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Some breeds are smarter than others

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Updated: August 30, 2012 6:21AM



Dear Ollie: There it is in print once again. I had to read a list of the smartest breeds of dogs. Of course, I’m just a mixed breed and don’t fit in anywhere. But I know how to get what I need in the house and I sleep in the big bed with my two pet parents.

My pet parents pay good attention to me so I’m never left alone or outside too long or trapped in a vehicle. So, I think of myself a pretty darn smart.

If there a list of mixed breed dogs that are smart, I should be on it.

Reggie, a very smart
former shelter dog

Dear Reggie: Dogs are very smart animals or so I am told because I’m not on this list either. In fact, some scientists estimate that the average dog is as smart as a 3-year-old. That means he is smart enough to understand more than 150 words, smart enough to count to five, and smart enough to outsmart the humans like you.

Yes, dogs are very smart — and some breeds are smarter on average than others.

Psychologist Stanley Coren, a leading canine researcher, psychologist and widely published author from the University of British Columbia, studied data from 208 professional dog obedience judges in the USA and Canada to determine which breeds are the smartest on average and which ones were at the bottom of the list. He developed a list of 80 breeds with the top 12 and bottom five listed below.

Coren’s Ranking of Breeds

1. Border collie

2. Poodle

3. German shepherd

4. Golden retriever

5. Doberman pinscher

6. Shetland sheepdog

7. Labrador retriever

8. Papillon

9. Rottweiler

10. Australian cattle dog

11. Pembroke Welsh corgi

12. Miniature Schnauzer

At the low end of the intelligence rankings are:

76. Borzoi

77. Chow chow

78. Bulldog

79. Basenji

80. Afghan hound

Now, living with more intelligent dogs can present its own challenges. Coren writes in his book, “The Intelligence of Dogs,” that intelligent dogs are inadvertently taught many unwanted behaviors. By increasing the activity level in a household, and increasing the number of people that are present in it, the likelihood that chance associations will be learned. For the intelligent dog this means that there is a greater opportunity to learn things that will be useful in adapting to everyday life, but also provides a greater opportunity for the dog to learn “odd” or annoying associations.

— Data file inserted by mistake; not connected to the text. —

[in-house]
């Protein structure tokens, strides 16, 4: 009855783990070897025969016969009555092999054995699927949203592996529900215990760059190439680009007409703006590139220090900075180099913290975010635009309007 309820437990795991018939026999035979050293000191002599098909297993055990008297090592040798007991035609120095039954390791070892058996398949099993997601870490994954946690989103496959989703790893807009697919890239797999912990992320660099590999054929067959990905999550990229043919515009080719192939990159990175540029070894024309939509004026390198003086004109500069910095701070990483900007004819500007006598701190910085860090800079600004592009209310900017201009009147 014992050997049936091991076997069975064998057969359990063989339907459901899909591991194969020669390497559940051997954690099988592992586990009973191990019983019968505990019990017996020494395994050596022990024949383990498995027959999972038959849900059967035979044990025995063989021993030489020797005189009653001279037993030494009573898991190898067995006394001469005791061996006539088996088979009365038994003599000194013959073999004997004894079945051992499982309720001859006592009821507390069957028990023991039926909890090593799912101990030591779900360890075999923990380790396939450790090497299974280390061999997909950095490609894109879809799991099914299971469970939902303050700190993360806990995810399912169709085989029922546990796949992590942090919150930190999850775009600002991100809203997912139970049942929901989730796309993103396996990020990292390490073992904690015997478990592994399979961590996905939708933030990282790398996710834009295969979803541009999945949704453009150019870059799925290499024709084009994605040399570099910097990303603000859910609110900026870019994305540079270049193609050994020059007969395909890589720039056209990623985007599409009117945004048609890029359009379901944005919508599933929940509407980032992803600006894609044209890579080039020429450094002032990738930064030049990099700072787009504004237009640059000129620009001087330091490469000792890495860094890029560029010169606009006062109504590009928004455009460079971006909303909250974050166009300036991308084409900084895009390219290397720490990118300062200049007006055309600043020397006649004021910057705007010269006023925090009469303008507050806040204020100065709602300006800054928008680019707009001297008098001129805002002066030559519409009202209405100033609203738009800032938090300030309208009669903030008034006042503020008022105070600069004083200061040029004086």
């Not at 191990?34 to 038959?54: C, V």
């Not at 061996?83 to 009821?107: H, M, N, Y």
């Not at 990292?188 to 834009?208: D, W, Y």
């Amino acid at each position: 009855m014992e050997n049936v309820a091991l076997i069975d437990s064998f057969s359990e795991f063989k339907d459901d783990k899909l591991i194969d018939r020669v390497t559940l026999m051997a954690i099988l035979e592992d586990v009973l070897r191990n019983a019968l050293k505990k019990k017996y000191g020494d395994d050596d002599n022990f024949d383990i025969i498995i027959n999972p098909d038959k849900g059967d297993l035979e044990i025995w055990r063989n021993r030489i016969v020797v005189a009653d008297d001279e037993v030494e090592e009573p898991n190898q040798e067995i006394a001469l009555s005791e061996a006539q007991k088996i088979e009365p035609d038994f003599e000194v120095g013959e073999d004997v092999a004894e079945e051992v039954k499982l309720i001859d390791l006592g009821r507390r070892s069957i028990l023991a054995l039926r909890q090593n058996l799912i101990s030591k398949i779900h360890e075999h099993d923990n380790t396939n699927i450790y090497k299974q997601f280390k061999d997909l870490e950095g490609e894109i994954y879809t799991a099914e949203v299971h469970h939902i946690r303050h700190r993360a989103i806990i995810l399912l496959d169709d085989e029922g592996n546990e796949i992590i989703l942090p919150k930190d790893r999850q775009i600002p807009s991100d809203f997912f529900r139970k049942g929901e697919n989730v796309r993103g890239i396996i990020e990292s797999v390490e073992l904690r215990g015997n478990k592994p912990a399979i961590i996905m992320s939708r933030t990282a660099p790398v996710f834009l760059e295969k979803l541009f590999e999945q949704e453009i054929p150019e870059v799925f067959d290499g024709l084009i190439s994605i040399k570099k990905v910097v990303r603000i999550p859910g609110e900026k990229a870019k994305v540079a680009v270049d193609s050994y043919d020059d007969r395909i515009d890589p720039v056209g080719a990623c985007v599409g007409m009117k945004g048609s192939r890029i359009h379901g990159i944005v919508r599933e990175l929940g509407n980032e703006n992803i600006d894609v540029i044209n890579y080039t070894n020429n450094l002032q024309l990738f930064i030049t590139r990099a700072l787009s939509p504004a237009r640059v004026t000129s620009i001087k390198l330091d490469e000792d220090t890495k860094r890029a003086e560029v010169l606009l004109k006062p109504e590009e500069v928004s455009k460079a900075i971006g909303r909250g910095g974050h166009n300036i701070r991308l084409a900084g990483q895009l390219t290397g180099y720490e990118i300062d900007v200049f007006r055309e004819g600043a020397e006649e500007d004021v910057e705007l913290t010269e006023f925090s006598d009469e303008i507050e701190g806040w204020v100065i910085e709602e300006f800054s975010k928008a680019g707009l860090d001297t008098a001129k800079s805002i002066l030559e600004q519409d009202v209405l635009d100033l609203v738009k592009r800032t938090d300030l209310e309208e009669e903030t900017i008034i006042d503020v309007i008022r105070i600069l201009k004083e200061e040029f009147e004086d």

Consider the case of Prince, a border collie whose great joy in life was to race around outdoors. Whenever someone was about to leave the house, Prince would race after them, trying to get outside. Once, after Prince had started his mad dash for the exit, the screen door swung closed and the dog ended up crashing through the wire mesh.

Rewarded by the chance to romp outside, the dog learned from this one instance that it could create its own “doggie door” by simply running full tilt at the screen. After several repairs had been attempted, Prince’s owners added a protective layer of heavy farm wire that the dog could not break through. Frustrated by this new development Prince began casting around the house and noticed that many of the windows were open and only covered by the same material used to cover the screen door. For this intelligent dog it was easy to reach the conclusion that these windows could also be used as exits.

By the way, there is no data on the intelligence of mutts. Reggie, you are unique and for that reason, there is no data on your smarts. What really bothers me is that according to this list, I’m at the No. 70 spot. And here I thought I was a whole lot smarter.



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